Contrary to law

United States v. Contreras, ACM 37233 (A.F. Ct. Crim. App. 28 May 2009).

Contreras is charged with violating Article 130, UCMJ, as well as some other serious charges.  Regrettably this is one of a never ending series of sex cases stemming from alcohol.  Here is the issue on the 130.

AFCCA rejects application of United States v. Conliffe to the facts here and finds that committing indecent acts with another is not a purely military offense even though charged under Article 134, UCMJ.  This makes sense.  The militariness of the action or conduct should be the factor, not what UCMJ article was used for the charge.  Using the court’s rationale, house-breaking for the purpose of being disrespectful to a non-commissioned officer would likely not be an offense in Minnesota (although we could be creative I suppose under the MNANG version of the  UCMJ), therefore, not punishable under Article 130.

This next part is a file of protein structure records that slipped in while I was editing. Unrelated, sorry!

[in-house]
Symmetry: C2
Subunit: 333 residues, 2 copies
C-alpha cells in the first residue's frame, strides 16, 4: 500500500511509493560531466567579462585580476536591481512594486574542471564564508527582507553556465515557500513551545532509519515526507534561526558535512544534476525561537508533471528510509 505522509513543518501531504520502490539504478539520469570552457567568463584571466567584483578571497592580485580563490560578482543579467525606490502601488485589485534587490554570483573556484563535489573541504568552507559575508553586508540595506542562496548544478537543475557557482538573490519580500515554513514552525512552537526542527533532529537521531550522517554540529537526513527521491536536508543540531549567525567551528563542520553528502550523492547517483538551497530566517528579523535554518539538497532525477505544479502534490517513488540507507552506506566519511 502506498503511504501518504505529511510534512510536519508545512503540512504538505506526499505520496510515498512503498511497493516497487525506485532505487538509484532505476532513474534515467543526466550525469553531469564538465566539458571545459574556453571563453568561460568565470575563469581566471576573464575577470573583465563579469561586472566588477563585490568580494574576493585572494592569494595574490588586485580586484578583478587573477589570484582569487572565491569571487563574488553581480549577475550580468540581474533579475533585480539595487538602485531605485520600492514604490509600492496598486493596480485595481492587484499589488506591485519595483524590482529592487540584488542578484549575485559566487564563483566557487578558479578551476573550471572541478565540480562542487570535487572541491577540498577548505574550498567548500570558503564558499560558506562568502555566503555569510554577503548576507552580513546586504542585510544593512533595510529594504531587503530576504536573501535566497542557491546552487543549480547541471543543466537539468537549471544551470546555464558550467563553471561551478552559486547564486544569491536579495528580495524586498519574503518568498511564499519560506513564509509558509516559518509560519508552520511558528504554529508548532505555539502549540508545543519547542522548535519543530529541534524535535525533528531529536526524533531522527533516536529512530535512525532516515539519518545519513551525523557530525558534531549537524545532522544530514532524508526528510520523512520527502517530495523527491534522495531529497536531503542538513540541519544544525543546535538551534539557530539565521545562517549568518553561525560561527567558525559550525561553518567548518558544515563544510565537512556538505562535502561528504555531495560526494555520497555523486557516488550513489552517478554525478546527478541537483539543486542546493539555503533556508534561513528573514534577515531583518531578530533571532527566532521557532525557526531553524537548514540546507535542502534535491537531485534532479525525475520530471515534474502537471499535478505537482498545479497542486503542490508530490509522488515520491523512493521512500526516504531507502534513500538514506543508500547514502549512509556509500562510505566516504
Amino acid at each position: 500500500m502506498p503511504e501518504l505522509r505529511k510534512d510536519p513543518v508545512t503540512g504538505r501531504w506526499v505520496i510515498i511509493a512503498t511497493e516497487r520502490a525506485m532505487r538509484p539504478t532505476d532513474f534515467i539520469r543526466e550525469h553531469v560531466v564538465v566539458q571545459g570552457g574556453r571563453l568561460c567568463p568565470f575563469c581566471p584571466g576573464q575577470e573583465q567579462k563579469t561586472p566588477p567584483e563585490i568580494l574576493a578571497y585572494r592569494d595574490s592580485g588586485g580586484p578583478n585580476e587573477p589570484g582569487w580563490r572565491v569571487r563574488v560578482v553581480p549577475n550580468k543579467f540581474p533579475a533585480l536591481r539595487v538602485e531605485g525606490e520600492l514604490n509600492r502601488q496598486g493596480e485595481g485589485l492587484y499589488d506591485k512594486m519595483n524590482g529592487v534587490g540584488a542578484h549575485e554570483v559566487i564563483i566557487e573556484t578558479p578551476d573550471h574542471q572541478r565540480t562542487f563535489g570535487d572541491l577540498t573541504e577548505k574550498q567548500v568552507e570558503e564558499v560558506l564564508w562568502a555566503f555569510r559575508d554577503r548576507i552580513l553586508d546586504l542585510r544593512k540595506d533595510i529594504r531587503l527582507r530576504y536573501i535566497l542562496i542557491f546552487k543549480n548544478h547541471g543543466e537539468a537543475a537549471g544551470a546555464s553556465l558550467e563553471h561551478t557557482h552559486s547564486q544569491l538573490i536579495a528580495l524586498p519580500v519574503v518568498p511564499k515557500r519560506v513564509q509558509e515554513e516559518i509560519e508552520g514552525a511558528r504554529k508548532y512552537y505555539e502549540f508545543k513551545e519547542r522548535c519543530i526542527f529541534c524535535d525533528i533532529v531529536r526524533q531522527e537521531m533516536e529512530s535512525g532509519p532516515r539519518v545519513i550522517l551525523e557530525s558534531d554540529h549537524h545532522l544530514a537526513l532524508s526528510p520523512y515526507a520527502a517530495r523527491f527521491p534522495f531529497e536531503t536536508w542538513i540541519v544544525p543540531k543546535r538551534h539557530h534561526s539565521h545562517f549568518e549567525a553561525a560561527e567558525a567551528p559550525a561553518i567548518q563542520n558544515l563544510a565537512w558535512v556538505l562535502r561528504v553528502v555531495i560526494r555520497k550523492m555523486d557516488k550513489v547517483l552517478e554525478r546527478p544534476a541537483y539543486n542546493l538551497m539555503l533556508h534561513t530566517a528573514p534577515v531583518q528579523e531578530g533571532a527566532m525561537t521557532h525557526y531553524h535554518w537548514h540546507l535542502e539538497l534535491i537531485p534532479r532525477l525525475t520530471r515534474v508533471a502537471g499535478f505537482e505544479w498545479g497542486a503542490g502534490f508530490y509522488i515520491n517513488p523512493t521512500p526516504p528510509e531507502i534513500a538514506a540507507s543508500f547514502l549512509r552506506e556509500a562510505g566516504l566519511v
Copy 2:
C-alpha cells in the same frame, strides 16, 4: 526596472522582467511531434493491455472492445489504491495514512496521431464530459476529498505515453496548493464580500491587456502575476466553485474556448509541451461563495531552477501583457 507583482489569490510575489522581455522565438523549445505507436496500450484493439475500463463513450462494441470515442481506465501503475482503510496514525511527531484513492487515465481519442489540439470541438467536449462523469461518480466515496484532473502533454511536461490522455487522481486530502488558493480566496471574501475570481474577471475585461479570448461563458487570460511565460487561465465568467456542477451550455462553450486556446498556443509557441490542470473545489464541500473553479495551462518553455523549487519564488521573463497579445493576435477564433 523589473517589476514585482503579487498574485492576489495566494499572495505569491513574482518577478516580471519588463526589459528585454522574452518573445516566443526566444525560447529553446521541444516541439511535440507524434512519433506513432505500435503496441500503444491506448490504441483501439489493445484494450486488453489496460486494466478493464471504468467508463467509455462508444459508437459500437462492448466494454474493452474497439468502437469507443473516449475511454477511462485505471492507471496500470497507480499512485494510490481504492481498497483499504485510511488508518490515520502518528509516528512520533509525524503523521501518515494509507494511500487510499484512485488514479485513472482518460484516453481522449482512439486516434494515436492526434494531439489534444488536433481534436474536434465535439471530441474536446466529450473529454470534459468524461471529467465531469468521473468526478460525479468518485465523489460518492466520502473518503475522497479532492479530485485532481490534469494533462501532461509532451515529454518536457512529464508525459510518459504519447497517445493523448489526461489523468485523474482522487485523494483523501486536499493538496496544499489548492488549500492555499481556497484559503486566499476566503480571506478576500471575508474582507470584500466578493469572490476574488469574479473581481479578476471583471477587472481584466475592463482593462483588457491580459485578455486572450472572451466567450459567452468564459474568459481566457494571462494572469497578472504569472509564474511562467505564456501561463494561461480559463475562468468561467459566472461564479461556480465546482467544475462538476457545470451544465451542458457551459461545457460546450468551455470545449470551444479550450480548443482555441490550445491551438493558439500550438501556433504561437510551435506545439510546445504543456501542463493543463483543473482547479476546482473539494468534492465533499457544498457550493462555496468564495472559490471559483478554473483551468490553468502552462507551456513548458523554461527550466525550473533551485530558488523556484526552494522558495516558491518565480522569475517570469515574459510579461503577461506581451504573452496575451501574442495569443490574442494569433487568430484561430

And while we’re not on the subject, why possibly spoil a perfectly good rape case — or other case — by getting creative.  Once again the desire to be creative and charge all the conduct possible causes a problem.

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